May I start by saying that there is nothing wrong with facial hair, it is natural, normal and we all have it. From the superfine fuzz on your cheeks to the wispy, dark locks that grow along your upper lip hair and sideburns.
Not to mention those odd thicker, coarser, spiky chin hairs that can pop up every now and then. Facial hair comes in all shapes, sizes, colors and densities, and while we can all agree that it’s completely normal, there’s nothing wrong with wanting to get rid of it either.
If you choose to remove facial hair, there are many options, and I should know. As a woman with a stubborn hairy face (and no, I’m not ashamed to admit it), I’ve learned a few things over my many years of epilation, waxing, and yes, laser, what I’m about to do now passes you by .
Here’s what you need to know about each of the most common facial hair removal methods:
Hair removal cream
I’ve been removing my upper lip hair since I was 14 years old, after raiding my mom’s beauty closet and finding her Veet. The advantages of removal cream are that it is quick, painless and removes every single hair.
The cons? It breaks down hair using alkaline chemicals, which despite being skin safe, can irritate depending on how sensitive you are. So without wanting to sound like your mom, please do a patch test before smearing the stuff on your upper lip.
Works for: Smaller areas, most effective on fine hairs (peach fuzz).
Avoid if: You have active breakouts or your skin is prone to redness and sensitivity.
Budget permitting, waxing is best done by a professional, as salons can select the safest and gentlest formulas for the face. I find waxing efficient, one tug on the strip and you can say goodbye to those sideburns for at least 2-3 weeks, but it is not without its drawbacks.
For starters, the wax has direct contact with the skin, so when that strip is pulled away it can lead to irritation if you’re sensitive. Then there are some hairs that just don’t seem to want to come out (especially if they aren’t at least 3mm long), so instead of pulling the strands cleanly from the follicle, they pop, which can lead to ingrown hairs. Ouch.
Works for: Hair longer than 3 mm, peach fuzz, eyebrows, upper lip, sideburns
Avoid if: You have sensitive, acne-prone skin or suffer from rosacea.
Threading & Tweezers
I know they sound different on paper, but threading and tweezing are actually quite similar when it comes to the mechanics of hair removal – both grab hairs and pull them out of the follicle in one swift motion.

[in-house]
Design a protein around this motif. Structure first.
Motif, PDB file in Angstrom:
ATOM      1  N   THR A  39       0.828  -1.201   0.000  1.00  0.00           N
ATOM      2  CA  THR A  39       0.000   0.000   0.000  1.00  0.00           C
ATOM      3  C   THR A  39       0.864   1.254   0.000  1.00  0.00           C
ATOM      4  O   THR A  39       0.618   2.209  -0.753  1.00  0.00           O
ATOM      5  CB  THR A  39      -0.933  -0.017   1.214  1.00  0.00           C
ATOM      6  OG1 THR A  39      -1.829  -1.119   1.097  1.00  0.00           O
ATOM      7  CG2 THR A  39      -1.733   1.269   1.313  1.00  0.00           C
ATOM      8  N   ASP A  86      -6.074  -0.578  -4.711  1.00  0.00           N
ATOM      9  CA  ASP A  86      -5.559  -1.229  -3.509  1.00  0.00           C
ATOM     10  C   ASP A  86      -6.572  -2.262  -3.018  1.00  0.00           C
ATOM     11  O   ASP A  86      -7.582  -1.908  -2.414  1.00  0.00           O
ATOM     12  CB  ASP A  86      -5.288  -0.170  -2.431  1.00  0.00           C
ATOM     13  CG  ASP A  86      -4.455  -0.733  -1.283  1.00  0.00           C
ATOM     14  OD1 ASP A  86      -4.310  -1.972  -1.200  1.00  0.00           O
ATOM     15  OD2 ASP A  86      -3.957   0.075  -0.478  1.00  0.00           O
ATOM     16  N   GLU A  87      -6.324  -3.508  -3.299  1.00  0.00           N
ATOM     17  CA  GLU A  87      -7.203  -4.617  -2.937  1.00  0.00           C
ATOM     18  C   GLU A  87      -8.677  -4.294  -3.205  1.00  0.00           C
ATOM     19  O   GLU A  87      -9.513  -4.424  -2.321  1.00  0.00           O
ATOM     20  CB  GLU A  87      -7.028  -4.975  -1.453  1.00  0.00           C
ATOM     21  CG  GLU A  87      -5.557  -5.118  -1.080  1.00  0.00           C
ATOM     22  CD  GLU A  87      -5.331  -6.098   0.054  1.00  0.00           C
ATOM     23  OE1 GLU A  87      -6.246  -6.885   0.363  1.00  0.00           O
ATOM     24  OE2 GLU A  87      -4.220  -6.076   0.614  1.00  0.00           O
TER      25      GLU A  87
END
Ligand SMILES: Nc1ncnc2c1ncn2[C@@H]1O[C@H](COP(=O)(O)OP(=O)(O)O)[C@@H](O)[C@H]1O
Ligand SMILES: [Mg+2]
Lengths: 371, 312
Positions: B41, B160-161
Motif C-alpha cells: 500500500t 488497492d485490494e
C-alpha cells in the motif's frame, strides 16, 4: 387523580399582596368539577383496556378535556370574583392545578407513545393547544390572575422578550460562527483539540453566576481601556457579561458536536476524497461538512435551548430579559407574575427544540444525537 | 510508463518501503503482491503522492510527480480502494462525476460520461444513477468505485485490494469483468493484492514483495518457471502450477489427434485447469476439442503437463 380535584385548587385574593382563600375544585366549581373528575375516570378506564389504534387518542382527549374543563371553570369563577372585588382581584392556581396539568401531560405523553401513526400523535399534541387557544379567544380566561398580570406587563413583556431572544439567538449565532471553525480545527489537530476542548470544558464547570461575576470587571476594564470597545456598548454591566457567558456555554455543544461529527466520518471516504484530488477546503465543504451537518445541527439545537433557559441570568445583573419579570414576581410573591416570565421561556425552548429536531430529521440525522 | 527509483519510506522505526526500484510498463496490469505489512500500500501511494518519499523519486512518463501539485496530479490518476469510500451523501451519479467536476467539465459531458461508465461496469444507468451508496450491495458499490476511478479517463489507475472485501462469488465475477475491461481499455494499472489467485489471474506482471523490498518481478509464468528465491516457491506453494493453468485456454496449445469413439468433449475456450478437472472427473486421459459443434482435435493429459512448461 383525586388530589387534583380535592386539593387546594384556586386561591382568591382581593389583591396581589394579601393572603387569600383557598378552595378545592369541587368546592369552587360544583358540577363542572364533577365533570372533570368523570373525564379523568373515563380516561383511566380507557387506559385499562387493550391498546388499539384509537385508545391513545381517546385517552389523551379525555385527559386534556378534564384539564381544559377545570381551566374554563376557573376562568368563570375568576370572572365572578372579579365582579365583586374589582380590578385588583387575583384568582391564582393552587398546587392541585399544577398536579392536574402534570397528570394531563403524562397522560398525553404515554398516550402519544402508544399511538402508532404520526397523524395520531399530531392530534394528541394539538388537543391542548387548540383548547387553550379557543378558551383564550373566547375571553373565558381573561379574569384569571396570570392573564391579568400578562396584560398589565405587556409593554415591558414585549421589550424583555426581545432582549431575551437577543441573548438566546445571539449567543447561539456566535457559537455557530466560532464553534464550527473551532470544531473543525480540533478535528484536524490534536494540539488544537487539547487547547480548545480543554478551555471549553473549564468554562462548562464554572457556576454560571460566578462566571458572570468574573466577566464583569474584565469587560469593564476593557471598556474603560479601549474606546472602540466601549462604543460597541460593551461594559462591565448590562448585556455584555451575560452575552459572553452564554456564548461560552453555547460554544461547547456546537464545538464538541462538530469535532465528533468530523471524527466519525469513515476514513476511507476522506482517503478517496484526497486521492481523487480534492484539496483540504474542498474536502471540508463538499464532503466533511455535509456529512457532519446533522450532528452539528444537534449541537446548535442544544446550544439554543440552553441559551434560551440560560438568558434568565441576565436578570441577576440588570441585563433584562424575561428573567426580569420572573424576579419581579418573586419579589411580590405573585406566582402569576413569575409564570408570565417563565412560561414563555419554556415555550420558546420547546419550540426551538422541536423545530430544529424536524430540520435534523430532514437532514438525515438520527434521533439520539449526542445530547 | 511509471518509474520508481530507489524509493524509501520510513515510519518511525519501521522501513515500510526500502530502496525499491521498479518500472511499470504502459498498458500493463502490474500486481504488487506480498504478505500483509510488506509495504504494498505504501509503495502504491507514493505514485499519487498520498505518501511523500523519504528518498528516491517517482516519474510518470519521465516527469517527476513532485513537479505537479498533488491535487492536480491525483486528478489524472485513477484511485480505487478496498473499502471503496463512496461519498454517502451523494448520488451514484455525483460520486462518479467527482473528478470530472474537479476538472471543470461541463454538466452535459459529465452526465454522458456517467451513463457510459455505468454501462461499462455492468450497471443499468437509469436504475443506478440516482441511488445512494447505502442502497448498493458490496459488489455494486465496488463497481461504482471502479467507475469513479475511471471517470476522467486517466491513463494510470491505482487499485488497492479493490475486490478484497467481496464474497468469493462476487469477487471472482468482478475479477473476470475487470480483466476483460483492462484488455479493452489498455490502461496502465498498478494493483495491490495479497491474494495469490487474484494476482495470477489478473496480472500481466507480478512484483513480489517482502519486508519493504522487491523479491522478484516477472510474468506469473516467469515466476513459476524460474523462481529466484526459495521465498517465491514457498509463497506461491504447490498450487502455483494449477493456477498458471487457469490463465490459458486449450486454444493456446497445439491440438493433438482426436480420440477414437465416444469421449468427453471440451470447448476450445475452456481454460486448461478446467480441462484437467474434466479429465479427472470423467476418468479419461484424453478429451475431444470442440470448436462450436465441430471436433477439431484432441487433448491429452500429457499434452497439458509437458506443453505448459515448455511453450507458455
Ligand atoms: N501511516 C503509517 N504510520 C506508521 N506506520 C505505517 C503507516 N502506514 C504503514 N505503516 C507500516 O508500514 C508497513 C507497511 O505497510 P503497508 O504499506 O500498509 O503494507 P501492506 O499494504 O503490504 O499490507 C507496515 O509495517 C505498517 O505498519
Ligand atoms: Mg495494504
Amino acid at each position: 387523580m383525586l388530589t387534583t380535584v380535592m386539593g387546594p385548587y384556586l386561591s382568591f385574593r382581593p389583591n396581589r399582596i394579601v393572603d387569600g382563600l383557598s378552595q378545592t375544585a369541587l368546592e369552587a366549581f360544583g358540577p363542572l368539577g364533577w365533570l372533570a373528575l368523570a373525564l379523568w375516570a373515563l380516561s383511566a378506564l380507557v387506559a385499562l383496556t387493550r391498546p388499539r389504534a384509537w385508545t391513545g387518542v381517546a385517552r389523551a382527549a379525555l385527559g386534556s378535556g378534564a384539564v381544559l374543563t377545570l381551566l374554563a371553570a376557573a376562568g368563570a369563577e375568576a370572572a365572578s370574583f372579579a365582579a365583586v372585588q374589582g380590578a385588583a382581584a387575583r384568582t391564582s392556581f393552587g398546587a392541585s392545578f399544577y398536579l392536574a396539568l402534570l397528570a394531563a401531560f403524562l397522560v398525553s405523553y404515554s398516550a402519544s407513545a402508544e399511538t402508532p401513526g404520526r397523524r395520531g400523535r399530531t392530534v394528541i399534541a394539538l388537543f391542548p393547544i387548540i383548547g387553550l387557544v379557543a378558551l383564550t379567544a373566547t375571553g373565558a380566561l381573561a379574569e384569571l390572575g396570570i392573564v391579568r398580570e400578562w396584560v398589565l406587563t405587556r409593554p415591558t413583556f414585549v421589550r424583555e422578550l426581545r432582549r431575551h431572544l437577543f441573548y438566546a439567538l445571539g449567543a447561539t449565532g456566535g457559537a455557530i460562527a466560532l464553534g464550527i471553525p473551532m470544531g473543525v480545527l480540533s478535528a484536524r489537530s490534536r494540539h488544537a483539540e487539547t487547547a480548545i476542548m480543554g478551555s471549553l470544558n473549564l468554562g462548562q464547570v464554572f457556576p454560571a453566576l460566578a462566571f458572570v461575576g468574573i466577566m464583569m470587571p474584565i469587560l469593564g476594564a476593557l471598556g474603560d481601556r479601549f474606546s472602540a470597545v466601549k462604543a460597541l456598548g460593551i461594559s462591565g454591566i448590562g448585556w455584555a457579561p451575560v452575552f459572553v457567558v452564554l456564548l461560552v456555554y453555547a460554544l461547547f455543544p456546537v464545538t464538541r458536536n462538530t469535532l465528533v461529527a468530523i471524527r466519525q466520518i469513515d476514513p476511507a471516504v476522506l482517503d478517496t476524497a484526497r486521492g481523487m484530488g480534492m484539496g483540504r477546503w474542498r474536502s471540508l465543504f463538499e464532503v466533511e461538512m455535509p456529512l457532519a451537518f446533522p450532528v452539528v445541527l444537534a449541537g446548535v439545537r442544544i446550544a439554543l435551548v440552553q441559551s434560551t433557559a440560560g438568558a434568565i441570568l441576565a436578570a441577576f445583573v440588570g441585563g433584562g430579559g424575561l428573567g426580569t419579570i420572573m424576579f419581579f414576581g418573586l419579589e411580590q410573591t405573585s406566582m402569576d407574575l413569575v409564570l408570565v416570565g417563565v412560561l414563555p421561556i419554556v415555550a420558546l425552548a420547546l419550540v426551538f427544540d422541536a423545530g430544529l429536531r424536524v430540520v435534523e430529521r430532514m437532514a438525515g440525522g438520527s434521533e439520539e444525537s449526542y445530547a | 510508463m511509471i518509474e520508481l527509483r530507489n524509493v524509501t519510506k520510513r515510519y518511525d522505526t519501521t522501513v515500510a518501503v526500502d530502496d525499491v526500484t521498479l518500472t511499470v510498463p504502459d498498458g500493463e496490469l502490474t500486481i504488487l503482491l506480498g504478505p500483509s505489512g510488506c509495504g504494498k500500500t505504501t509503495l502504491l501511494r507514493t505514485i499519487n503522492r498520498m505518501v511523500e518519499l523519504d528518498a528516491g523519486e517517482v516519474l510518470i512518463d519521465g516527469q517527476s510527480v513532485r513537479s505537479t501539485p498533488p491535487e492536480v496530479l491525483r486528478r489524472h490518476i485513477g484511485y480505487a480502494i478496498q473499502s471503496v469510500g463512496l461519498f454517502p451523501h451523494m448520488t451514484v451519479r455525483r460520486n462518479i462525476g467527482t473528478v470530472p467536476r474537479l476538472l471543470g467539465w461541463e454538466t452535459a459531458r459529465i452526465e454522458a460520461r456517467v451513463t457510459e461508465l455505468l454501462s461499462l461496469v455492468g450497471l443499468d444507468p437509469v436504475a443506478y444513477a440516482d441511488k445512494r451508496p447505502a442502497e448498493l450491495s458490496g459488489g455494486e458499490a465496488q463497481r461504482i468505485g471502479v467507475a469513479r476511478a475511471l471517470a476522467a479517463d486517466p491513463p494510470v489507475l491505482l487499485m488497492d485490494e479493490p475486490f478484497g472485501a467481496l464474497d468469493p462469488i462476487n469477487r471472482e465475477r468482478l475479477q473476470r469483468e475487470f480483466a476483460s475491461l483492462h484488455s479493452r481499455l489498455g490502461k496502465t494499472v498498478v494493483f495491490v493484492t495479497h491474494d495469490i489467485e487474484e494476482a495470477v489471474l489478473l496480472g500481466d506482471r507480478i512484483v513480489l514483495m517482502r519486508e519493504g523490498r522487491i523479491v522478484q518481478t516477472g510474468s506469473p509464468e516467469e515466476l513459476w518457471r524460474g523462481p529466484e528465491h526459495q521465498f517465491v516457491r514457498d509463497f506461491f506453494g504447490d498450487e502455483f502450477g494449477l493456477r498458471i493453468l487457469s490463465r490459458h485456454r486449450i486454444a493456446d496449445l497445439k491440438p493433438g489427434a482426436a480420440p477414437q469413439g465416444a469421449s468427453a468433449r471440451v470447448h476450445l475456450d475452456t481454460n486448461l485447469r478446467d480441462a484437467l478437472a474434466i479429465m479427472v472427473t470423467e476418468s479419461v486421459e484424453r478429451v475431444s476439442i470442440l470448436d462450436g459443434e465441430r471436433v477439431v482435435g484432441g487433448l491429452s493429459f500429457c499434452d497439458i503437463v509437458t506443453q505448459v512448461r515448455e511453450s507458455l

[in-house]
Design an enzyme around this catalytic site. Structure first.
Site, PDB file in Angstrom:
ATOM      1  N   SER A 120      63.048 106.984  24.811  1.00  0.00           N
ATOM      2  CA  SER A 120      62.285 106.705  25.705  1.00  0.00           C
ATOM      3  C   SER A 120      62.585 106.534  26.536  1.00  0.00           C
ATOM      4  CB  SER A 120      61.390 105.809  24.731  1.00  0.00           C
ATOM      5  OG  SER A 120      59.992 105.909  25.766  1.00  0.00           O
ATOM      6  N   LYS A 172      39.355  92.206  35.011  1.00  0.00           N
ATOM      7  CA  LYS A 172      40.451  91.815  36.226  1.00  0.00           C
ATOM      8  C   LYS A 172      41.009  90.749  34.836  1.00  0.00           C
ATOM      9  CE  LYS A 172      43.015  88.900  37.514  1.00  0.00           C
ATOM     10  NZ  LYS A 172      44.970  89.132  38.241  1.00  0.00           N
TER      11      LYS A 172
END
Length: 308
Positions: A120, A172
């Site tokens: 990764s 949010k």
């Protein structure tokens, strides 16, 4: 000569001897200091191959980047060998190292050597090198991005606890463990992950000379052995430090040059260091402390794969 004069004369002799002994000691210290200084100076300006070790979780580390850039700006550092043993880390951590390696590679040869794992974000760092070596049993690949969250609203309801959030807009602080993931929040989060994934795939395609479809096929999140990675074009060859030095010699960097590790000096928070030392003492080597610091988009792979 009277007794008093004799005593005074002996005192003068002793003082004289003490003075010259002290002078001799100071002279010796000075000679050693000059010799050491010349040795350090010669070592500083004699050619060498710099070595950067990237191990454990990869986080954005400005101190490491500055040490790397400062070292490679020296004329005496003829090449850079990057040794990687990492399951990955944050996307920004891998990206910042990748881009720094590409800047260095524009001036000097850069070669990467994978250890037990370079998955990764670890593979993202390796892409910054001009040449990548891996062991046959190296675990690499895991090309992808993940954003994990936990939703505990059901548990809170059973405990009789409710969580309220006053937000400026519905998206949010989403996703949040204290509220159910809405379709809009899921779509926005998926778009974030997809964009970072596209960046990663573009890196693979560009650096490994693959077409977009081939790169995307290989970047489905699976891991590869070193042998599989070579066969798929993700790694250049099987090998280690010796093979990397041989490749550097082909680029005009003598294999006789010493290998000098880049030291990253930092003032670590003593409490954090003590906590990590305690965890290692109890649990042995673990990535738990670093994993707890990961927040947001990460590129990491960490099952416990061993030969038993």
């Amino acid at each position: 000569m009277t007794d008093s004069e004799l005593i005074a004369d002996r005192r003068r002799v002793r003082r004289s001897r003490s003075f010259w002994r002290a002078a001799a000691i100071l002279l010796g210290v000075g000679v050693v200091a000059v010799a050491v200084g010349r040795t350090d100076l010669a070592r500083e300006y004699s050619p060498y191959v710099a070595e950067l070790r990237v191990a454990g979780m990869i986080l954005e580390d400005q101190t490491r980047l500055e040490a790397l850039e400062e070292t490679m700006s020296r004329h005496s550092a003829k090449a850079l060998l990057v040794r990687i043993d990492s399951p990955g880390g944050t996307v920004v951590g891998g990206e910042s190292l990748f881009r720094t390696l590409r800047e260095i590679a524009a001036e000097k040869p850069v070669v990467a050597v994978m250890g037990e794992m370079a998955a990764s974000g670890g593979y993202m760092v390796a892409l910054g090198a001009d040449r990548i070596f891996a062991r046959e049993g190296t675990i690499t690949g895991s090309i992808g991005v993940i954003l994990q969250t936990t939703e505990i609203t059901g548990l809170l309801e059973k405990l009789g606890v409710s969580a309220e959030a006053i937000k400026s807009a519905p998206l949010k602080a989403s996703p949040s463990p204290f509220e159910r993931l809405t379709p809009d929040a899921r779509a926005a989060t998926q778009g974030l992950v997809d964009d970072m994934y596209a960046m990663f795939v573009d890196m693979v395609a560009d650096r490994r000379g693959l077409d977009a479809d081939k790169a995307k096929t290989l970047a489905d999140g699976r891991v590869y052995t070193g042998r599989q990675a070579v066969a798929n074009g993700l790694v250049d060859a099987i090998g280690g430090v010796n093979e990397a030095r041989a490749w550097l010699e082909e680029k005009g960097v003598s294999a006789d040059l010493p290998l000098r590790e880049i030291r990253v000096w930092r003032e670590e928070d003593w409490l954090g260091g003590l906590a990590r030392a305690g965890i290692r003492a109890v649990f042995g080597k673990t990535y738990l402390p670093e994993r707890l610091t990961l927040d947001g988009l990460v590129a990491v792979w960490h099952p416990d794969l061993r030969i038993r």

While we’ve all heard the myth “if you pull out one hair, ten will grow back,” that’s simply not true. . But, unlike the hot sticky stuff, there’s no direct skin contact, so both threading and plucking are less likely to irritate.
Works for: Peach fuzz, eyebrows, upper lip, chin hair
Avoid if: You want to remove a larger strand of hair, or if the hairs are shorter than 2 mm.
Shaving comes in many different forms (and tbh, I’m a fan of them all). Whether it’s a single-blade facial razor, battery-powered razor, or a professional dermaplaning treatment, shaving may be the fastest and most painless option when it comes to removal.
But it’s not without problems, regrowth happens quickly, and because the hair is clipped on the surface, it grows back blunt, not tapered, so it can appear thicker. You also have to be super careful to avoid those nasty cuts, and don’t forget to keep the blades clean to avoid follicle infections.
Works for: Any hair, thick or fine.
Avoid if: you have sensitive, acne-prone skin or suffer from rosacea.
Laser hair removal
If, like me, you’ve tried all of the above with limited success, laser hair removal might be worth looking into. As someone who has been zapping my chin for over a year, I can safely say that this is the only treatment I’ve found to minimize longer term growth.
You do need to be patient though, as it takes about 4-6 sessions (one every four weeks) to see a significant difference, plus it won’t work for every skin tone or hair color. “Laser hair removal targets the dark pigments in the hair, so the better the contrast between the hair and the skin (e.g. dark hair on light skin), the better the result,” explains Dr. Stefanie Williams, dermatologist and medical director at Eudelo.
Oh, and while many laser hair removal clinics promise to make you hair-free permanently, this is simply not a reality. “It’s always semi-permanent. The follicle is only put to sleep for a certain amount of time. In most cases, it’s not ‘finished,’ so maintenance sessions are expected.”
Works for: Dark hairs, especially those that are thick and coarse.
Avoid if: Certain types of laser hair removal are not suitable for women with a deeper complexion, so it is crucial that you book a consultation with the clinic offering the treatment before purchasing a session.
I know this sounds a little scary, but please stick with me. Electrolysis is currently the only hair removal method that removes hair permanently, but the procedure is no walk in the park. “A fine needle is inserted into each hair follicle (one at a time) and it sends out an electrical current to damage the follicle,” explains Dr. Williams out.
Each hair takes two to three treatments to stop growing completely, and these sessions can be painful (after all, you keep getting a needle in your face).
But successful treatment requires a great deal of skill and expertise. Your therapist should make sure the needle is at just the right angle and depth to avoid damaging the skin around the hair. So it’s important that you do your research and find an experienced therapist with great recommendations.
Works for: All skin tones and hair colors.
Avoid if: You have a larger hair area to remove, this is only suitable for small hair clusters.
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